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MikeCheck: Shift from Evans’ scoring, ball dominance to Anderson’s unique versatility sets tone for Grizzlies’ reload

by Michael Wallace | Grind City Media

MEMPHIS – If the Grizzlies’ offseason has felt like a dizzying blur of the NBA draft process, coaching staff additions, summer league development, free agency, trades and roster upgrades, take comfort.

You’re not alone.

There’s very little “off” regarding the NBA offseason these days. Need proof? Tuesday marks the 50-day countdown to the Grizzlies’ Oct. 2 preseason opener against the Rockets in Birmingham. The roster has been in transition, with eight new players in tow and six departures with much of the offseason makeover now complete.

As training camp approaches in a little over a month, we’ll periodically take a closer look at who’s in, who’s out and what impact the transition will have at various spots on the Grizzlies’ roster.

Kyle Anderson

IN: Kyle Anderson, 6-9 SF

Deal: 4 years/$37.2 million incoming free agent

Last season: 7.9ppg. (52.7%FG), 5.4rpg, 2.7apg., 1.5spg in 74 games


Tyreke Evans

OUT: Tyreke Evans, 6-6, SG

Deal: 1 year/$12 million free-agency departure (Pacers)

Last season: 19.4ppg. (39.9% 3pt.FG), 5.1rpg., 5.2apg., 1.1spg in 52 games

WHAT’S LOST

For a team that’s ranked near or at the bottom of the NBA in multiple scoring categories, it’s hardly ideal to see a points creator like Evans bolt in free agency after delivering 20-5-5 a night in his lone season in Memphis. Evans also turned in the best three-point shooting effort of his career in the most productive season he’s had since his 2010 NBA Rookie of the Year run. The Grizzlies already grew accustomed to life without Evans due to a combination of injuries and mysterious absences that followed the February trade deadline.

The team is hoping to fill Evans’ scoring void by spreading the wealth among an upgraded supporting cast surrounding Mike Conley and Marc Gasol. Speaking of wealth, can’t fault Evans for quadrupling last season’s $3 million salary in this summer’s free-agency market.

If you get a contract like that, you’ve got to take it. When you have someone like that, and you watch them develop and they leave … it’s for the right reasons. He was special here – off the court, on the court. He’ll be great in Memphis. I’ll hate playing against him.
-- Gregg Popovich

WHAT’S GAINED

There aren’t many players in the league capable of overwhelming you with intangibles quite like Anderson. Nicknamed ‘SloMo’ for his molasses-smooth approach to filling a stat sheet, Anderson is the most important free agent the Grizzlies signed after losing the most impactful free agent they landed last summer. The versatile, five-year veteran has been described as a ‘plus-minus savant’ and one of the NBA’s most uniquely productive players. But the best thing said about Anderson came from the coach who reluctantly watched him depart San Antonio for a four-year deal that was longer than the transitioning Spurs were prepared to counter.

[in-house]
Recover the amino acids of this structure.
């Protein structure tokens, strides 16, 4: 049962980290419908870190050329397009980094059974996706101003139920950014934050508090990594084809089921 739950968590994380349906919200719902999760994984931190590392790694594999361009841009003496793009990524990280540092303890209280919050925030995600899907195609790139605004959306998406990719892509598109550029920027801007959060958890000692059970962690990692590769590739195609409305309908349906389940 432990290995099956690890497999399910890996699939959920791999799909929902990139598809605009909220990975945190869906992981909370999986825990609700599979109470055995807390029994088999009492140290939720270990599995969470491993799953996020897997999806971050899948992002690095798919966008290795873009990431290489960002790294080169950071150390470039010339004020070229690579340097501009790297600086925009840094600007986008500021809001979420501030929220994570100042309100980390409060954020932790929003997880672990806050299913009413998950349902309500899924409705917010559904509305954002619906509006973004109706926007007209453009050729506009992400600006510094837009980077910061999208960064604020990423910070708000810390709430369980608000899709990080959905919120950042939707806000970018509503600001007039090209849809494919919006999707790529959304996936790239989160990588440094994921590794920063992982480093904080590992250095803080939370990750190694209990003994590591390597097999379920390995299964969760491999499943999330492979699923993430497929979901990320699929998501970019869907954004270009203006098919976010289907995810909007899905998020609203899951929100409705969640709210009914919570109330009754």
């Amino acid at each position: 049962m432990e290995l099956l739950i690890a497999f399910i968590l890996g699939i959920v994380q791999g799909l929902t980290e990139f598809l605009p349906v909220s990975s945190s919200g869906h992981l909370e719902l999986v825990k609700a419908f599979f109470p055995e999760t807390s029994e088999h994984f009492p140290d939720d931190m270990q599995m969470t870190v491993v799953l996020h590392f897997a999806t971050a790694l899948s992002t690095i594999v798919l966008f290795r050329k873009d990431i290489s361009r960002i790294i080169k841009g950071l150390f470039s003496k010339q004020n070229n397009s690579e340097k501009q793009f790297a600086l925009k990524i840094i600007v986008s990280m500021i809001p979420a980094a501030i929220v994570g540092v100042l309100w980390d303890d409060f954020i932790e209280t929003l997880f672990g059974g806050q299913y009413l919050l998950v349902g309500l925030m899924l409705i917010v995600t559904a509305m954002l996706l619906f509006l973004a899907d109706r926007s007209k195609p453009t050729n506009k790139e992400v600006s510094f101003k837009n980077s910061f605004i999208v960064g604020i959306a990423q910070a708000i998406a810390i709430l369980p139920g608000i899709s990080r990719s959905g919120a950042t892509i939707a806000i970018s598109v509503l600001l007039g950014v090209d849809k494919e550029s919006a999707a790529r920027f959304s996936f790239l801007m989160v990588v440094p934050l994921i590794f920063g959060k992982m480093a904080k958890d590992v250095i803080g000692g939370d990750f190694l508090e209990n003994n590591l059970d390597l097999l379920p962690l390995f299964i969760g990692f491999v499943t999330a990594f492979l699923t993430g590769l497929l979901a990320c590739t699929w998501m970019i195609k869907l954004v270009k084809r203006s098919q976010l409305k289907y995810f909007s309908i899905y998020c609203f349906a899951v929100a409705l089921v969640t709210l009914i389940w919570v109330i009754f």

“(Losing) Kyle was very difficult,” Spurs coach Gregg Popovich said last month. “If you get a contract like that, you’ve got to take it. That would have been very difficult, for us to match that contract. When you have someone like that, and you watch them develop and they leave … it’s for the right reasons. He was special here – off the court, on the court. He’ll be great in Memphis. I’ll hate playing against him.”

WHAT MATTERS

Look for Anderson to open at small forward, but serve as a calibrating force for the Grizzlies at as many as four positions. What the Grizzlies lost in Evans’ pure scoring as a ball-dominant attacking guard, they should gain in Anderson’s two-way versatility and playmaking efficiency. The 24-year-old Anderson ranked sixth among qualifying NBA players in defensive rating last season. And he was one of only five guards/small forwards to shoot 50 percent and average at least seven rebounds and 3.5 assists per-36 minutes.

The Grizzlies won’t have to wait long to get their first taste of how that transition plays out. Anderson and Evans are set to cross paths in the Grizzlies’ Oct. 17 season opener on the road against the Pacers.

The contents of this page have not been reviewed or endorsed by the Memphis Grizzlies. All opinions expressed by Michael Wallace are solely his own and do not reflect the opinions of the Memphis Grizzlies or its Basketball Operations staff, owners, parent companies, partners or sponsors. His sources are not known to the Memphis Grizzlies and he has no special access to information beyond the access and privileges that go along with being an NBA accredited member of the media.